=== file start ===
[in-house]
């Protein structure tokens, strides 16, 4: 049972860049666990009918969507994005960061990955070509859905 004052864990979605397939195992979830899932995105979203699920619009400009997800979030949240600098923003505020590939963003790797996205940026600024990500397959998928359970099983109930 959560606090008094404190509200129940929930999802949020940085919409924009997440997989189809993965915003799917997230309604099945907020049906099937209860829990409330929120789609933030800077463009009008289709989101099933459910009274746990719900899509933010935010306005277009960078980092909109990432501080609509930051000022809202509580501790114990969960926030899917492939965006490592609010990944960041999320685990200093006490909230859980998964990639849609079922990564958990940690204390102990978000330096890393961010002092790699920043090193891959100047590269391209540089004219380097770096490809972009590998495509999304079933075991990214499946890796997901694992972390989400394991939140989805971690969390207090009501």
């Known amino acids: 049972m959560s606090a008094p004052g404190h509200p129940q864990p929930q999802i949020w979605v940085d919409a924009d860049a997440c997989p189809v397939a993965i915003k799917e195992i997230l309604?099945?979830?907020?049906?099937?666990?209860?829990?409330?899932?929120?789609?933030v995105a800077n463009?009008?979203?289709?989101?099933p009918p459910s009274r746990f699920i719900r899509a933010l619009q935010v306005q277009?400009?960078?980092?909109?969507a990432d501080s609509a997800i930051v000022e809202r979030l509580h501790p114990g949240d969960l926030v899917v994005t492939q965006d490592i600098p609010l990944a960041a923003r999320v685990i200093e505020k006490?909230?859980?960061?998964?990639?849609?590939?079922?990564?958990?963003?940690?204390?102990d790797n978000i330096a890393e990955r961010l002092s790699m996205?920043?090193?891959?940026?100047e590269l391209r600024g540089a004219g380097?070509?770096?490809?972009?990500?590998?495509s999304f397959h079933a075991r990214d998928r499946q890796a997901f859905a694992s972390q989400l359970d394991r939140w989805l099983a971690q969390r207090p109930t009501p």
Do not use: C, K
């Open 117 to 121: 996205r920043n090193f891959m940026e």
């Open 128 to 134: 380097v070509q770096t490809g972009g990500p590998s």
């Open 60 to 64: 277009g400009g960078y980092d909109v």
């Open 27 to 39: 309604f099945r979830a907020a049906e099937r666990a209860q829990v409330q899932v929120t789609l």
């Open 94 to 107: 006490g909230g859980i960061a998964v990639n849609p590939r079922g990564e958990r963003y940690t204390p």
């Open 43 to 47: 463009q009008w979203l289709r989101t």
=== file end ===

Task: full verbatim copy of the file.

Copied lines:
[in-house]
């Protein structure tokens, strides 16, 4: 049972860049666990009918969507994005960061990955070509859905 004052864990979605397939195992979830899932995105979203699920619009400009997800979030949240600098923003505020590939963003790797996205940026600024990500397959998928359970099983109930 959560606090008094404190509200129940929930999802949020940085919409924009997440997989189809993965915003799917997230309604099945907020049906099937209860829990409330929120789609933030800077463009009008289709989101099933459910009274746990719900899509933010935010306005277009960078980092909109990432501080609509930051000022809202509580501790114990969960926030899917492939965006490592609010990944960041999320685990200093006490909230859980998964990639849609079922990564958990940690204390102990978000330096890393961010002092790699920043090193891959100047590269391209540089004219380097770096490809972009590998495509999304079933075991990214499946890796997901694992972390989400394991939140989805971690969390207090009501």
């Known amino acids: 049972m959560s606090a008094p004052g404190h509200p129940q864990p929930q999802i949020w979605v940085d919409a924009d860049a997440c997989p189809v397939a993965i915003k799917e195992i997230l309604?099945?979830?907020?049906?099937?666990?209860?829990?409330?899932?929120?789609?933030v995105a800077n463009?009008?979203?289709?989101?099933p009918p459910s009274r746990f699920i719900r899509a933010l619009q935010v306005q277009?400009?960078?980092?909109?969507a990432d501080s609509a997800i930051v000022e809202r979030l509580h501790p114990g949240d969960l926030v899917v994005t492939q965006d490592i600098p609010l990944a960041a923003r999320v685990i200093e505020k006490?909230?859980?960061?998964?990639?849609?590939?079922?990564?958990?963003?940690?204390?102990d790797n978000i330096a890393e990955r961010l002092s790699m996205?920043?090193?891959?940026?100047e590269l391209r600024g540089a004219g380097?070509?770096?490809?972009?990500?590998?495509s999304f397959h079933a075991r990214d998928r499946q890796a997901f859905a694992s972390q989400l359970d394991r939140w989805l099983a971690q969390r207090p109930t009501p």
Do not use: C, K
């Open 117 to 121: 996205r920043n090193f891959m940026e």
């Open 128 to 134: 380097v070509q770096t490809g972009g990500p590998s």
């Open 60 to 64: 277009g400009g960078y980092d909109v």
């Open 27 to 39: 309604f099945r979830a907020a049906e099937r666990a209860q829990v409330q899932v929120t789609l």
């Open 94 to 107: 006490g909230g859980i960061a998964v990639n849609p590939r079922g990564e958990r963003y940690t204390p």
């Open 43 to 47: 463009q009008w979203l289709r989101t």